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Surviving the Fall

Surviving the Fall

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“The hardest part of climbing is the fall.”

I'm standing with my instructor at the foot of a snow-covered mountain. Strong winds wail as they rush by, hurling small beads of snow in their passing and slapping my face with the icy cold. I huddle deeper into my thick down coat.

I look at him in surprise. "Isn't falling the last thing you want to happen when climbing?"

The instructor chuckles. He has to shout to be heard over the wind. "Yeah. It is. But it happens. The wind knocks you off course, your foot slips, the rope comes loose. You fall. Most people are so terrified of falling, so focused on making sure they never do, they don't know what to do when it happens."

I look up at the mountain looming above us. It just seems to ascend higher, eventually becoming lost in clouds. I swallow.

"Most times, you manage to catch yourself when you slip. But sometimes you can't. And then you fall."

I stare, captivated by his words.

"There's a moment, when you fall, that everything seems to stands still. You see the earth coming towards you, but you haven't hit it yet. It feels like you can fall forever. And then you hit.

"What makes the fall so bad isn't the fall itself. Sure, you may hurt yourself. Maybe even break something. But that's not the really bad part. It's getting up again. Getting up, bruised, battered, maybe worse, and looking up at how far you've fallen. And starting to climb again."


I jerk awake, body clammy with sweat. I stare blindly around the room for a moment, panting, tangled in my blankets. Slowly, I calm down, recognize my bedroom. I turn to the clock – 4:45am. I sigh and rub a hand across my eyes.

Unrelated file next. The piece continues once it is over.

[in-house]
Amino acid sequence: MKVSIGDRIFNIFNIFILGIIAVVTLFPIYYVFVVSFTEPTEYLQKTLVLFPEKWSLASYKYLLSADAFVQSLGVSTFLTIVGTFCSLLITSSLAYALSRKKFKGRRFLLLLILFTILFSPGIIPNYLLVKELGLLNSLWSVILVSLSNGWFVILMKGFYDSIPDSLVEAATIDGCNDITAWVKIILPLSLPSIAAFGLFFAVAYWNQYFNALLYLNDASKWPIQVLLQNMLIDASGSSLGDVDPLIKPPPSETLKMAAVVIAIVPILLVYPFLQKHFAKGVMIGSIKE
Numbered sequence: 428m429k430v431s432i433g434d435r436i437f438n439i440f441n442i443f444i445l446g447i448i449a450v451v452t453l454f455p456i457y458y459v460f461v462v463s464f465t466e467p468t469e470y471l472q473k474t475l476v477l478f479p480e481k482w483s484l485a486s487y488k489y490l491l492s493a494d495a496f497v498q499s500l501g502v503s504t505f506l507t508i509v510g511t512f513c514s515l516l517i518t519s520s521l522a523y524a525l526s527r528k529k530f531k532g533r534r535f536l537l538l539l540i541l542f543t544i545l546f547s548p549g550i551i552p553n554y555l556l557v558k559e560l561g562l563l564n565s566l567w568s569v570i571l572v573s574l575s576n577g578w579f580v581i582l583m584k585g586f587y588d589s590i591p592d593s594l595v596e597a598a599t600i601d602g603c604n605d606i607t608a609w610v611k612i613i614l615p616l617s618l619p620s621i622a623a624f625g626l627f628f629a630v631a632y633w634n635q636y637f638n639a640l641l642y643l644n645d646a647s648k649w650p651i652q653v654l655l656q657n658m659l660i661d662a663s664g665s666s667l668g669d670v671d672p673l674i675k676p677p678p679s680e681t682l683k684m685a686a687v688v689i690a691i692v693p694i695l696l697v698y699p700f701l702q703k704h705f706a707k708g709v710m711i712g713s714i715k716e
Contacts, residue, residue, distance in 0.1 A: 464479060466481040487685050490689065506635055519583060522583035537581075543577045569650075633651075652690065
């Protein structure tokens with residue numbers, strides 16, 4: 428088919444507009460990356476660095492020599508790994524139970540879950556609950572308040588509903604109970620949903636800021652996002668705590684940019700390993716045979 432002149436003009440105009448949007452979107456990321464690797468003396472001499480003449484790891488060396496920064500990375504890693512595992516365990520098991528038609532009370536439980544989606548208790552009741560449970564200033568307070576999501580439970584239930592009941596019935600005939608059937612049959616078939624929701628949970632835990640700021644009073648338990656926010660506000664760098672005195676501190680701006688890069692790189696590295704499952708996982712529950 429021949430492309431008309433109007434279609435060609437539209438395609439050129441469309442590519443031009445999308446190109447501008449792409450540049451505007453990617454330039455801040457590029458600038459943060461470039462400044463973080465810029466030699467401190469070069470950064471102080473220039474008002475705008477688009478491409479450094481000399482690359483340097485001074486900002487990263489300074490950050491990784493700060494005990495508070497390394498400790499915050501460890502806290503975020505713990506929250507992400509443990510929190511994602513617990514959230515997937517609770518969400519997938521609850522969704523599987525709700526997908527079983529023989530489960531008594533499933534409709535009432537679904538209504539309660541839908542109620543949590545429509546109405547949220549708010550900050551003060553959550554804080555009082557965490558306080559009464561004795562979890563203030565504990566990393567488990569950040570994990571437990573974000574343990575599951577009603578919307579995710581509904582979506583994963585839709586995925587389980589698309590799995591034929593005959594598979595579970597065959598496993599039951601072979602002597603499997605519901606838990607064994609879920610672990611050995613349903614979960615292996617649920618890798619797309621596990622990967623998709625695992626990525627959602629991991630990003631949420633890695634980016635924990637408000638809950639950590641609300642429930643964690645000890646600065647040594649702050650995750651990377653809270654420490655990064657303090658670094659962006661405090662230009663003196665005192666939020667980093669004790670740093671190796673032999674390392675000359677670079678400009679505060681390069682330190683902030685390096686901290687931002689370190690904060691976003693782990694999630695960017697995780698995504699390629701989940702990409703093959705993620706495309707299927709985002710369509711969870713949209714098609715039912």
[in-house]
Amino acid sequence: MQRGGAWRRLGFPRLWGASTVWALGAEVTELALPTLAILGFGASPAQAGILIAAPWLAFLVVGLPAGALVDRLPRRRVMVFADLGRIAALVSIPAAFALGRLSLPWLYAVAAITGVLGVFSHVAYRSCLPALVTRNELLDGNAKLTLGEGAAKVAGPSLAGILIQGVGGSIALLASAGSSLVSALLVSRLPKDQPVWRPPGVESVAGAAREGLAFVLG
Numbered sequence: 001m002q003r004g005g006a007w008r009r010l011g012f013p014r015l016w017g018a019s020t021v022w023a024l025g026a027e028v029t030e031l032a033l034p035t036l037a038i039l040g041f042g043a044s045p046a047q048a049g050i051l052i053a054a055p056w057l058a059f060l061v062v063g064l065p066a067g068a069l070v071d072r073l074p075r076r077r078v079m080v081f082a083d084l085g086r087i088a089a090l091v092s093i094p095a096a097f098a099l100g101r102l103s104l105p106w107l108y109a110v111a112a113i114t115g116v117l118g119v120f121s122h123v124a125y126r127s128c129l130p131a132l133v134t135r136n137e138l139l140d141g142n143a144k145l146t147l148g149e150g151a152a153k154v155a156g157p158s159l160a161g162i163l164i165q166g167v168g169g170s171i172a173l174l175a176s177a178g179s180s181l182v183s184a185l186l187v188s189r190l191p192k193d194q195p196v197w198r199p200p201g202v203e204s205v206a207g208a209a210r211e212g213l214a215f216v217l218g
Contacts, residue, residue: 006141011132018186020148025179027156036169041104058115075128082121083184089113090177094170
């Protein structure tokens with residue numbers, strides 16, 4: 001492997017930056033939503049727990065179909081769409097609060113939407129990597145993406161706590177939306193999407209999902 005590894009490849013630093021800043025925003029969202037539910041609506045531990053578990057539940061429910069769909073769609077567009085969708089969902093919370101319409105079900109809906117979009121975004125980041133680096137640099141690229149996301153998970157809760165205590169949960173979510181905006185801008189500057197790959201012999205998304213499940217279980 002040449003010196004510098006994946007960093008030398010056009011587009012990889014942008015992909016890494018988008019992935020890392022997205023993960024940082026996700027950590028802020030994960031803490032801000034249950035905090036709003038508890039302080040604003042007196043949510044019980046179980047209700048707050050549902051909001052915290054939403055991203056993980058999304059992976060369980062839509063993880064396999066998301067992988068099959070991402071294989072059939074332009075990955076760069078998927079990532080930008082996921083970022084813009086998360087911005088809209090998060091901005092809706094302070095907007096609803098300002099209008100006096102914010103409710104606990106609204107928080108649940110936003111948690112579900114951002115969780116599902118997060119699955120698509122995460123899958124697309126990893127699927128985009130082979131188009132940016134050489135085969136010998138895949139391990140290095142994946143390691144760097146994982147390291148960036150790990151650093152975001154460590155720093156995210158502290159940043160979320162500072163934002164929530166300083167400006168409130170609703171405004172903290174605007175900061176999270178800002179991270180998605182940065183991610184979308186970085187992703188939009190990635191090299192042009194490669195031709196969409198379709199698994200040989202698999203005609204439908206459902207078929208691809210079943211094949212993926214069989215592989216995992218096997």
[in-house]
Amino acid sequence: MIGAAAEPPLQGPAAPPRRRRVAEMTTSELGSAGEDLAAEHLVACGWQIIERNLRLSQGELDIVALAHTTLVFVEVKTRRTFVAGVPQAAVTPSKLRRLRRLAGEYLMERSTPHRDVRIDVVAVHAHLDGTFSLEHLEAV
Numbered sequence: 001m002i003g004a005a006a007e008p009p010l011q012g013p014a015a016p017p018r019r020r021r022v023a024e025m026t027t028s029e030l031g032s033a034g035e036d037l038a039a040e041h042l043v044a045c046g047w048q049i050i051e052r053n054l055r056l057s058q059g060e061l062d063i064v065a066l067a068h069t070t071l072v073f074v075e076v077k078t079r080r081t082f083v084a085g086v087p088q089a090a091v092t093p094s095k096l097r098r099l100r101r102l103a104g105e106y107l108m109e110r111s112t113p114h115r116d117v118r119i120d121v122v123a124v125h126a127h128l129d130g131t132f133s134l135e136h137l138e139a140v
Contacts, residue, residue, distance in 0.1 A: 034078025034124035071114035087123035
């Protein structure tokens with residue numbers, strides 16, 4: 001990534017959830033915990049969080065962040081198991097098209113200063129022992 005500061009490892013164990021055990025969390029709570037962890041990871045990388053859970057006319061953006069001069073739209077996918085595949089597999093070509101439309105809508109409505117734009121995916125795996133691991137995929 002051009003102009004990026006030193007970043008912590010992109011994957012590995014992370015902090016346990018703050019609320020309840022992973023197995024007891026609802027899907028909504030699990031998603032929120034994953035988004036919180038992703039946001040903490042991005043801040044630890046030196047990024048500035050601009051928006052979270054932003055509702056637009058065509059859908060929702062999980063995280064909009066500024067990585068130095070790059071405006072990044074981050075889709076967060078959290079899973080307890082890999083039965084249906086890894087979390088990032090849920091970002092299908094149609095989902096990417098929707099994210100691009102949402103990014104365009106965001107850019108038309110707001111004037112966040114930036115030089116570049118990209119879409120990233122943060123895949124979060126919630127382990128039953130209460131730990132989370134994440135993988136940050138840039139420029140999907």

Just a dream.

I lie back down again. Listen to the sound of my heartbeat, the ticking of the clock. I practice breathing slowly to calm my still thudding breath. What a weird dream. I've never climbed a thing in my life. I mentally shrug, turn over, and try to go back to sleep.

Yet sleep proves elusive for the remainder of the night.


I can't focus that day at work. I keep thinking I can feel that snowy wind every time someone opens a window, hear the instructor's words whenever the office falls quiet. I try to put it out of my mind, but I catch myself thinking about it when I'm not paying attention.

By the time the day finally crawls to an end, I can barely keep my eyes open. I all but float home, my mind swimming in a groggy haze of exhaustion. I absently-mindedly put something in the oven to eat, plop down on the couch. Somehow, I manage to stay awake for the next three hours, keeping myself occupied with activities I can barely remember the moment I complete them.

Finally, I crawl into bed. I'm asleep almost as soon as I hit the pillow.


"The hardest part of climbing is the fall."

I wake up soaked in cold sweat. The dream again, the same dream. I get up, wash my face, pace my room, go back to bed. It doesn't help. I can't fall back asleep.

I sigh. This is going to be rough day.


The week passes by in a blur. Has it been a week? Oh man, what day is it?"

"The wind knocks you off course, your foot slips, the rope comes loose."

Days blend, work becomes forgotten. The dream comes back, every night. Every day, it torments me.

"You fall."

I'm so tired. When was the last time I slept?

"...everything stands still."

"Sir?"

"And then you hit."

I don't even know what day it is anymore. My life revolves around the dream now.